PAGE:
The Jan­u­ary trans­fer win­dow was not just calm, it was poor. Judge for your­self:

The drop com­pared to the win­ter before last is cat­a­stroph­ic, more than 6 times. Yes, then Chelsea was abnor­mal­ly fierce, but the cur­rent Jan­u­ary main­te­nance is the worst in 10 years after Covid. Only now it is not the virus that is pre­vent­ing Eng­lish clubs from spend­ing, but fear — they have seen the fine sys­tem in action and do not want to get caught.

Local offi­cials are fright­ened by this trend — accord­ing to the Dai­ly Mail, they believe that this is a strate­gic threat to the nuclear sub­ma­rine in the face of grow­ing com­pe­ti­tion with main­land Euro­peans. There­fore, they decid­ed to fol­low the path of their Amer­i­can col­leagues and instead of a points fine, intro­duce a mon­e­tary fine — as a per­cent­age of the amount of the excess loss.

There are no high-pro­file trans­fers at all this Jan­u­ary. What hap­pened to Euro­pean clubs?

The Pre­mier League was inspired by the exam­ples of MLB (base­ball play­ers) and the NBA — the intro­duc­tion of a “lux­u­ry tax” there made over­spend­ing even more bur­den­some, but pos­si­ble. This option is thought to help Eng­lish clubs regain their con­fi­dence and start spend­ing mon­ey. Oth­er­wise, as DM jour­nal­ist Mike Kee­gan put it, “the Pre­mier League will fall because it won’t be able to afford the best play­ers on the best wages.”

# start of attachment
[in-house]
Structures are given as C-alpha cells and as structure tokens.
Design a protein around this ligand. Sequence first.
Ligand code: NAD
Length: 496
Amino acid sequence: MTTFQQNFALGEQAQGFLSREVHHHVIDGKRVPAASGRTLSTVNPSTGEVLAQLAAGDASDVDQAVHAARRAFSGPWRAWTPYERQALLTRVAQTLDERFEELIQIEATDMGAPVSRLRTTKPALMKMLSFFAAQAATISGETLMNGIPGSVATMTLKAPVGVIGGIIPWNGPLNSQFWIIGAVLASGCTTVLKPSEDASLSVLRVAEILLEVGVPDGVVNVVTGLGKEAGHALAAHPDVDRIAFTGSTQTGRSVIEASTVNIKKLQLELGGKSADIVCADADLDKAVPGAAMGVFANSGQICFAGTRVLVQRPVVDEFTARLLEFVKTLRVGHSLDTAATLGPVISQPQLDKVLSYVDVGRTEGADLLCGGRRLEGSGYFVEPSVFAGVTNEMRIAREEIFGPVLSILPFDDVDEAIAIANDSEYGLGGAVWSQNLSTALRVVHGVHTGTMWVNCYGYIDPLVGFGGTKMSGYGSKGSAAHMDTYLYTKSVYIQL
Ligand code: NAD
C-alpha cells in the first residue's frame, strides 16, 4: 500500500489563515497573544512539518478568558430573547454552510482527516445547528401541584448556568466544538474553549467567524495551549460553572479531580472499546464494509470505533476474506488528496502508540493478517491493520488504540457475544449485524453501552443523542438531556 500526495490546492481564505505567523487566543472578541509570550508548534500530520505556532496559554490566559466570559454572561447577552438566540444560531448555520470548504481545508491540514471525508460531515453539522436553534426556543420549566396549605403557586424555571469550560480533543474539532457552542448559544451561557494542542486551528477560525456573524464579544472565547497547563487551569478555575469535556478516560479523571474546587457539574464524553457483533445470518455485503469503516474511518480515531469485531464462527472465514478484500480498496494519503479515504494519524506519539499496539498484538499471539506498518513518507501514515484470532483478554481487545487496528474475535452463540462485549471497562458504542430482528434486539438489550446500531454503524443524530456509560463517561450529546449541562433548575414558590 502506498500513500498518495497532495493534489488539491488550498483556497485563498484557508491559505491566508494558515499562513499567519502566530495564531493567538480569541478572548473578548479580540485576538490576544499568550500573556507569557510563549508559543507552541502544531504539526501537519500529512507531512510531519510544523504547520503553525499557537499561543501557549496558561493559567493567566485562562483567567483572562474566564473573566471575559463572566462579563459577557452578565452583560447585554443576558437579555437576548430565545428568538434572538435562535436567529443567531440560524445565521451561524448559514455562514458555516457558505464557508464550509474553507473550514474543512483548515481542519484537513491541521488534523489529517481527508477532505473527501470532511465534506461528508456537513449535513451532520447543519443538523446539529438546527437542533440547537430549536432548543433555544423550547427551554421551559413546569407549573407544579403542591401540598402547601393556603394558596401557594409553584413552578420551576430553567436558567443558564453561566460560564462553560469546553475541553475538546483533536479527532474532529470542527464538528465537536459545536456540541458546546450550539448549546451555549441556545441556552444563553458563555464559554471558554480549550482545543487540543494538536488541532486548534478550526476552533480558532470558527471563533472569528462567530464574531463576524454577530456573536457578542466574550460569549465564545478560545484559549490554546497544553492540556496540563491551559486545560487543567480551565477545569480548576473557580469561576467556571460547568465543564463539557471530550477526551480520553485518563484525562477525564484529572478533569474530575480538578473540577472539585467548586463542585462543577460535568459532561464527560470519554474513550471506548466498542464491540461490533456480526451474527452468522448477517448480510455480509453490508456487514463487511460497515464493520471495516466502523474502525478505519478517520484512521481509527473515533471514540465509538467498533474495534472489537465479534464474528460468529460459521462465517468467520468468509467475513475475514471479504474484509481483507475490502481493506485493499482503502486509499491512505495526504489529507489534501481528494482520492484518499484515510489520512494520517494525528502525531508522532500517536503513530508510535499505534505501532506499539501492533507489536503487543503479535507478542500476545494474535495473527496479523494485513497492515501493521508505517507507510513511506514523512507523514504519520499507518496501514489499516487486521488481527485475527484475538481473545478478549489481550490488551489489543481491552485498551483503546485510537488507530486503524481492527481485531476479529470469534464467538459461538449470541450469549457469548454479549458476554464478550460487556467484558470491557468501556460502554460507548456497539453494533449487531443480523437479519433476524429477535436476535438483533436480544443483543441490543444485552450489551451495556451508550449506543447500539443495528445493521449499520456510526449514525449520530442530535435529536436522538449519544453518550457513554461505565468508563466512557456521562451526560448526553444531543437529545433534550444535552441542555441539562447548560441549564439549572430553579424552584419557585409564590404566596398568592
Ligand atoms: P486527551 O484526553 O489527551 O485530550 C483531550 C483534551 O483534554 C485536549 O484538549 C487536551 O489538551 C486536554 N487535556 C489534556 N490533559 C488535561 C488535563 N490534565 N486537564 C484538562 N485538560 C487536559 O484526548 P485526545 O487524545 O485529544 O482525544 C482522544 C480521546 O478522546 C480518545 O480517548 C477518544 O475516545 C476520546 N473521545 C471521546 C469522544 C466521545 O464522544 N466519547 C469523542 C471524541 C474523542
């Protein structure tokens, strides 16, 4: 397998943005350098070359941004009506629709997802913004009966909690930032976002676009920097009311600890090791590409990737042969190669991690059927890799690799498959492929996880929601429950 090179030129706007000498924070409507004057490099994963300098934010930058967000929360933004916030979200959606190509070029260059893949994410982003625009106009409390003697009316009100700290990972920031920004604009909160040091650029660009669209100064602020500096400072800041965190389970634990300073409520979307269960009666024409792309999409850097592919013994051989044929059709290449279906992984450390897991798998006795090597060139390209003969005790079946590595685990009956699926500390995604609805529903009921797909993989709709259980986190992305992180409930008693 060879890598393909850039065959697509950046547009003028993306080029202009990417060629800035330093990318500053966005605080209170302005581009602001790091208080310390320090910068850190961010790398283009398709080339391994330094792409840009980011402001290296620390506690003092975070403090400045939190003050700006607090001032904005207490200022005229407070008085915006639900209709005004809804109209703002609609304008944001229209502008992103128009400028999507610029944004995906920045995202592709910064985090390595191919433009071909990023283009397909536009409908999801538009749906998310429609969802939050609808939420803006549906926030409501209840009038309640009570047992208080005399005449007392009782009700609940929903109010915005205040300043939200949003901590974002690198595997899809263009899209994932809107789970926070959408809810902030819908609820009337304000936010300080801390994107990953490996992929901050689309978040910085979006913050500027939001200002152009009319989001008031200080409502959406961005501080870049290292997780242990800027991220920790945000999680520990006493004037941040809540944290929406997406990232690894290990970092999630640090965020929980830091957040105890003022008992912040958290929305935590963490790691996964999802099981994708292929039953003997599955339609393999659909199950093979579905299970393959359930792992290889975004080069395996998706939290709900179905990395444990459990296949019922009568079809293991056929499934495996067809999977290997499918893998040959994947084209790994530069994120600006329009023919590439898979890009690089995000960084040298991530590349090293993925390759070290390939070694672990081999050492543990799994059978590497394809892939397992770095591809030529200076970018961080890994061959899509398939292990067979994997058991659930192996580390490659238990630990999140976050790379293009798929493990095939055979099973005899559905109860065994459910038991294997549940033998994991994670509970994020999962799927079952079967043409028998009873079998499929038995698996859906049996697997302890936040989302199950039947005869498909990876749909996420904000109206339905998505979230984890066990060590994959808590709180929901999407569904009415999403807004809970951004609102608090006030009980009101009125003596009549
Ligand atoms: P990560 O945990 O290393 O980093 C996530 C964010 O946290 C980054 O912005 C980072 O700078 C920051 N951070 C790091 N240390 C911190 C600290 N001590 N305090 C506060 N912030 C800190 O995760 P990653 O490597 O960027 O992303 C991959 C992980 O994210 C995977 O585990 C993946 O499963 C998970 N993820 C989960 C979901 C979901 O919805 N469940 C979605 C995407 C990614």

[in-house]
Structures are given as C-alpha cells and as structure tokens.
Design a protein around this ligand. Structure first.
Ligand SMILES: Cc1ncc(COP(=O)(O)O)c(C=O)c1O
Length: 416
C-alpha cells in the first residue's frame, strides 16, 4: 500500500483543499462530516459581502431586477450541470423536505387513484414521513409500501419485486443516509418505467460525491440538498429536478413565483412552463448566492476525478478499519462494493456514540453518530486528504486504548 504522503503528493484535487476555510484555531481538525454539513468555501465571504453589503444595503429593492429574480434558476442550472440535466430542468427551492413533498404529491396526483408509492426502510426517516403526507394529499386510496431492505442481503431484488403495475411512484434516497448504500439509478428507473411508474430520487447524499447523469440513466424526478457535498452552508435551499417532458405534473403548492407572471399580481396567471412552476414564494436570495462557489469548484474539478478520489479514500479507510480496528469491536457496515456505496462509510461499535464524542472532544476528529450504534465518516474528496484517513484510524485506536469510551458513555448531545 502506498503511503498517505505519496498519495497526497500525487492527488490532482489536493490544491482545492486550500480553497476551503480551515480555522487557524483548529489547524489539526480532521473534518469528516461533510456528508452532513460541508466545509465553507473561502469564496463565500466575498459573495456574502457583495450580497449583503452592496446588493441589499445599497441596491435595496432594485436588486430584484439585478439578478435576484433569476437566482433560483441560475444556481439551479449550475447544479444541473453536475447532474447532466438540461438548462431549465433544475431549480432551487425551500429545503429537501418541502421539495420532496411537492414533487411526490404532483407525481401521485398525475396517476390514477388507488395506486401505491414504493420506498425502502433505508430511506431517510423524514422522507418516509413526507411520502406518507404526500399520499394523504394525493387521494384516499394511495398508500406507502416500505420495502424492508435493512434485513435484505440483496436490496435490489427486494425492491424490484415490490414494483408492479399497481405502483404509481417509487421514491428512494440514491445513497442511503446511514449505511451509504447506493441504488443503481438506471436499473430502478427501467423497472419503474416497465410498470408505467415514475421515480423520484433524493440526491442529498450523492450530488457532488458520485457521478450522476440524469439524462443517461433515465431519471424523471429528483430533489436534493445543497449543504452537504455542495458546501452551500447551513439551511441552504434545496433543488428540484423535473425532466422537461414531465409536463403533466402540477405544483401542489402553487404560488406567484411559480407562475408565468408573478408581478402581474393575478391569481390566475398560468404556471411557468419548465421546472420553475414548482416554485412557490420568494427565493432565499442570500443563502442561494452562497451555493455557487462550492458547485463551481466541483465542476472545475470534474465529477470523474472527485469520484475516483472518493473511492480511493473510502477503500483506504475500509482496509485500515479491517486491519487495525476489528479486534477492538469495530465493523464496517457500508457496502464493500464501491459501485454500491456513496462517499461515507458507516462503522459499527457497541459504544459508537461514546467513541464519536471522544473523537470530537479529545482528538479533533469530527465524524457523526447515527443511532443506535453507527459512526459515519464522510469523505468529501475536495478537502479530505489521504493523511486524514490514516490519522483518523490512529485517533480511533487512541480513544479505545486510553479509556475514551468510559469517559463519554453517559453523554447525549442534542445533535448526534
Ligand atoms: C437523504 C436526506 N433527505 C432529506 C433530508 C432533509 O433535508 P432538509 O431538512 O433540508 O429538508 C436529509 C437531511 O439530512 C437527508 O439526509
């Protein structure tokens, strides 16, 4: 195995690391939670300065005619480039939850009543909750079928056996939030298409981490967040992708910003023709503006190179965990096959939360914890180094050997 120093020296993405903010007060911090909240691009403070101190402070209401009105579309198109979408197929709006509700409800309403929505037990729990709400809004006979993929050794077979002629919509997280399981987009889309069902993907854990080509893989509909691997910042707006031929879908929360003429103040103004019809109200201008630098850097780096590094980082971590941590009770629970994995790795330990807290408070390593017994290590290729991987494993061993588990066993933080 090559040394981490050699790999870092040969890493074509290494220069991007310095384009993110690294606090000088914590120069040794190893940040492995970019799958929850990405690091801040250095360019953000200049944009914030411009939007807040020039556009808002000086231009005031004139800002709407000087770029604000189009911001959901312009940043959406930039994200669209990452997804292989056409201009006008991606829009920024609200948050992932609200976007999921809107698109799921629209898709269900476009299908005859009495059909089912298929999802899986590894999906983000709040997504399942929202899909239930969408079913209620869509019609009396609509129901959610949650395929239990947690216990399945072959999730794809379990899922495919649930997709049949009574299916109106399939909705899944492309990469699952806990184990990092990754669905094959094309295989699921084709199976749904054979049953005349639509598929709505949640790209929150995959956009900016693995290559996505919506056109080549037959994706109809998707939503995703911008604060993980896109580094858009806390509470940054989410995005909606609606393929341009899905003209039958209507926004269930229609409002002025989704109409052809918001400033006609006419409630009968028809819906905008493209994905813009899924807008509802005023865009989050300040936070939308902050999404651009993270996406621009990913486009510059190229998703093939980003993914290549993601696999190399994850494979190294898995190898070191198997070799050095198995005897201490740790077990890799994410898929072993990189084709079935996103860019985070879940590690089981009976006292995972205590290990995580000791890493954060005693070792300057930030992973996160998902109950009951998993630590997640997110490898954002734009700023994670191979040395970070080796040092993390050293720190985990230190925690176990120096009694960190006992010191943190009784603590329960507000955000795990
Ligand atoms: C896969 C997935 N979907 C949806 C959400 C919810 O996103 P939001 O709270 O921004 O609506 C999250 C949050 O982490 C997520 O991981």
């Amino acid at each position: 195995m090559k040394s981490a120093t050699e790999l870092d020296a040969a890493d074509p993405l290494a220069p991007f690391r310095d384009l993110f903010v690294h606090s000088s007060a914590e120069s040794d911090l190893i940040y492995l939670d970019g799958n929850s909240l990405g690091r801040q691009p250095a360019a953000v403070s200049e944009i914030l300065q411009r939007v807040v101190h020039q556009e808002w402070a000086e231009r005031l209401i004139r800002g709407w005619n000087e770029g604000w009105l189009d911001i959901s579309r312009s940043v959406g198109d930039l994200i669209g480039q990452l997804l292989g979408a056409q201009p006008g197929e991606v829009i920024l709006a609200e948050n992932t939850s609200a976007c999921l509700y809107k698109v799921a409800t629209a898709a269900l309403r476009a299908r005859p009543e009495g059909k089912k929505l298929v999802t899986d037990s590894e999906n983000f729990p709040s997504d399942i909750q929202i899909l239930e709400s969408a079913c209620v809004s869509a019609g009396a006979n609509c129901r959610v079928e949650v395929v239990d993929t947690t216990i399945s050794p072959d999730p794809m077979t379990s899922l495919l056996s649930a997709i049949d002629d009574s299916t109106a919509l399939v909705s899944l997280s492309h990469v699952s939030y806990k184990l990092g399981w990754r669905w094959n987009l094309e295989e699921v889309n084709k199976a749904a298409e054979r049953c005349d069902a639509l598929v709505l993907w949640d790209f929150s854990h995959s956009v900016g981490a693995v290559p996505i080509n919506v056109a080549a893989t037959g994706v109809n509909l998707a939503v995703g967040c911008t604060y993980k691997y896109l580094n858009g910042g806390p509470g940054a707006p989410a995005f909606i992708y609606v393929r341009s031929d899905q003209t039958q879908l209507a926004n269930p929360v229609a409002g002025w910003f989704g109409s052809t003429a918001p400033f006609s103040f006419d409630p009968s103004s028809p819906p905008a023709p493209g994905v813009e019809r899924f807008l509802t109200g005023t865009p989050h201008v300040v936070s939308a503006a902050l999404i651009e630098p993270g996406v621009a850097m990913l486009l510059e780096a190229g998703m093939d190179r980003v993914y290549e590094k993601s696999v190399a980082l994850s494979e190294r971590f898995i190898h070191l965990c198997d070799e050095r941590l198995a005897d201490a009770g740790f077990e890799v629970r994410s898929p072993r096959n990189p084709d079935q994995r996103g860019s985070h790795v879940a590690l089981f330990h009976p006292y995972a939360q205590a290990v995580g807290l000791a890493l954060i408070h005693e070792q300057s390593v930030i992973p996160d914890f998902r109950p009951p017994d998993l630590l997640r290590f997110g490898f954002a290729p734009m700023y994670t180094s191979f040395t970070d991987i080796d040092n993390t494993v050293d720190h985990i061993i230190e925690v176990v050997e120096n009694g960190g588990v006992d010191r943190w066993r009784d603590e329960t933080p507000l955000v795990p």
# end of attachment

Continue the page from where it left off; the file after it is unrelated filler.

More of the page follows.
The mon­ey raised under the plan could either be put into an emer­gency fund to help clubs in dif­fi­cult eco­nom­ic sit­u­a­tions, or dis­trib­uted to those who com­ply with fair play. It is still unknown which option will be cho­sen.

Clubs like Man­ches­ter City might like to replace the points deduc­tion with a mon­e­tary fine.
Pho­to by Reuters

But it is known that Pre­mier League clubs strong­ly sup­port this idea. Accord­ing to DM, 17 out of 20 teams agree to quick­ly replace the deduc­tion of points with a mon­e­tary fine. They will be able to vote on the ini­tia­tive at the next meet­ing at the end of the sea­son.

Of course, there are also con­cerns. It is believed that with such a castling, teams with “infi­nite bud­gets” like Man­ches­ter City will gain a huge advan­tage. Such clubs will be able to spend huge amounts of mon­ey on strength­en­ing, pay the fine and con­tin­ue to dom­i­nate. There­fore, as a com­pro­mise mea­sure, it is pro­posed to retain the deduc­tion of points for par­tic­u­lar­ly per­sis­tent vio­la­tors — but there is no addi­tion­al expla­na­tion on this mat­ter yet.

One of the best drib­blers in Europe is mov­ing to Man City. Savio is being bought under a con­tro­ver­sial scheme

If the ini­tia­tive is accept­ed, it will be a great suc­cess for some clubs. The same City and Chelsea have been under seri­ous inves­ti­ga­tion for sev­er­al years; in Feb­ru­ary, the Pre­mier League even warned them of the risk of expul­sion from the league for finan­cial irreg­u­lar­i­ties. The reform will prob­a­bly dis­solve most of the list of charges, so the City and Blues can sleep peace­ful­ly.